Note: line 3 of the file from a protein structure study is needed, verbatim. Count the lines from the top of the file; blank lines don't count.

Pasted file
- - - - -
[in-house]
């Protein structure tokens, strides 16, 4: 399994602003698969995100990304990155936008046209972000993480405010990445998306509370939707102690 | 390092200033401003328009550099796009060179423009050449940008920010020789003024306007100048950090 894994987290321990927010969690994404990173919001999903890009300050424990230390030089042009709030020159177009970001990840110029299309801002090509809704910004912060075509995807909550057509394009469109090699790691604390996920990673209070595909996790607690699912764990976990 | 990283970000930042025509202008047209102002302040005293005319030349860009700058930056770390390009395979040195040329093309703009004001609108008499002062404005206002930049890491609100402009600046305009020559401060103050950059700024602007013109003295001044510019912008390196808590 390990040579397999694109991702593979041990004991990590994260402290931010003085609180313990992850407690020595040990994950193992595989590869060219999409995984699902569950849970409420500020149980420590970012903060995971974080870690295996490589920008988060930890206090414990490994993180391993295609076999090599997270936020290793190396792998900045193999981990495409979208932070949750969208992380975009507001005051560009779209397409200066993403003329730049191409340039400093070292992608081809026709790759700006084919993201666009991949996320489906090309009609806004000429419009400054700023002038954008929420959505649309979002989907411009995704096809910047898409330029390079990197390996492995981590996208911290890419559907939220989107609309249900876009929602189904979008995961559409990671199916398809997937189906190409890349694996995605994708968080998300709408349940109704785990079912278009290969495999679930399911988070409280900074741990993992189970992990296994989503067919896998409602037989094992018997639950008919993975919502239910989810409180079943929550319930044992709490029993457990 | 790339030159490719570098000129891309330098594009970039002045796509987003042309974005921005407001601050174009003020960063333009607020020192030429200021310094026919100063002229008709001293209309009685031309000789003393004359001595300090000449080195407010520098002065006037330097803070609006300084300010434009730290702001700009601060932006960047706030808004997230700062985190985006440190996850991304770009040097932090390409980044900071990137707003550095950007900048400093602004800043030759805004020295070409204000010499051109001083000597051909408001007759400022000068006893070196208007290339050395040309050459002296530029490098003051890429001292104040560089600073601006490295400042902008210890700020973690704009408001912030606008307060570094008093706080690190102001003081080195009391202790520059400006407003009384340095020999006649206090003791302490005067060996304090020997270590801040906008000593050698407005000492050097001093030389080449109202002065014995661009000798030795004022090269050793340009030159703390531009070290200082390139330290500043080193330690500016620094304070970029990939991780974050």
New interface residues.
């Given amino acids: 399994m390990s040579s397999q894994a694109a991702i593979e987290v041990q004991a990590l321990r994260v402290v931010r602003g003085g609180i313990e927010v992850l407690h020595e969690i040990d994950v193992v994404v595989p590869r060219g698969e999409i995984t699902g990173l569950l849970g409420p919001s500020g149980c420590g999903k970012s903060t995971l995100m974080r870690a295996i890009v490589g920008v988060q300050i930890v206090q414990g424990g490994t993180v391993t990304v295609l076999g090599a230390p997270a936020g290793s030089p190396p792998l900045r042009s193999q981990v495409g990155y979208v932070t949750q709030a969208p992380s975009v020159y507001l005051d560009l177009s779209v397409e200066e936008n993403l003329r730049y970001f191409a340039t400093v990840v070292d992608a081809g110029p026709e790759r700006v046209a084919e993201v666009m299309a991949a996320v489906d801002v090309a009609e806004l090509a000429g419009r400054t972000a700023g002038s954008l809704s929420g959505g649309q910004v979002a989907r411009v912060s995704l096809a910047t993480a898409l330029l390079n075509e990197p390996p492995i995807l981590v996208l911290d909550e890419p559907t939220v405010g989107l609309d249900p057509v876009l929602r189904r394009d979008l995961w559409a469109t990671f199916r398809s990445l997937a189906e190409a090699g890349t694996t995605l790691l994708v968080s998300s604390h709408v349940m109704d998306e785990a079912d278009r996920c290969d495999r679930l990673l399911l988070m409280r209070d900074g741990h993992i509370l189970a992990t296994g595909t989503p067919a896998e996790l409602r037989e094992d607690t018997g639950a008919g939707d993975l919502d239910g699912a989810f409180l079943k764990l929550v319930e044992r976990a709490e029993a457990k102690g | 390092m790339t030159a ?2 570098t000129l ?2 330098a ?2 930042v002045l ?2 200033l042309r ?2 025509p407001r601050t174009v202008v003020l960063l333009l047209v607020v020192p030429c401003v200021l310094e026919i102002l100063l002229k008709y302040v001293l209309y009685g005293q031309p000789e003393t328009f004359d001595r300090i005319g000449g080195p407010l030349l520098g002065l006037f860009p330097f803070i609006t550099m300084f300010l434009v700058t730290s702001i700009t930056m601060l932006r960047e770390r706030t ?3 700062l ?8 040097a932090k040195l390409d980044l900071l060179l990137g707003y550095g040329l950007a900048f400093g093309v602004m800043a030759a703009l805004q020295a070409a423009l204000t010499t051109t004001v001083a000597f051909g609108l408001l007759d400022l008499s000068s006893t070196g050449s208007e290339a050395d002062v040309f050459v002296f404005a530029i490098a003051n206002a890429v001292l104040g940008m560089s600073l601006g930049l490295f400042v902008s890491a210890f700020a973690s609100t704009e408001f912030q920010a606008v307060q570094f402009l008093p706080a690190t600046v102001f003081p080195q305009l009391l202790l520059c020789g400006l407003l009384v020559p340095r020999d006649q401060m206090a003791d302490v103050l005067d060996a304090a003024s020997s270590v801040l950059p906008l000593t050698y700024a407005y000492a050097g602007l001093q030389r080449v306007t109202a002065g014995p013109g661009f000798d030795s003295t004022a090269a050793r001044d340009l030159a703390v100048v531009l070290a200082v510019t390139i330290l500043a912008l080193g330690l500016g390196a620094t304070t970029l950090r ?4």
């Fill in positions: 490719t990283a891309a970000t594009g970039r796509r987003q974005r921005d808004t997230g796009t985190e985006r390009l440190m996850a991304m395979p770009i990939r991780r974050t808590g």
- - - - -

New interface residues.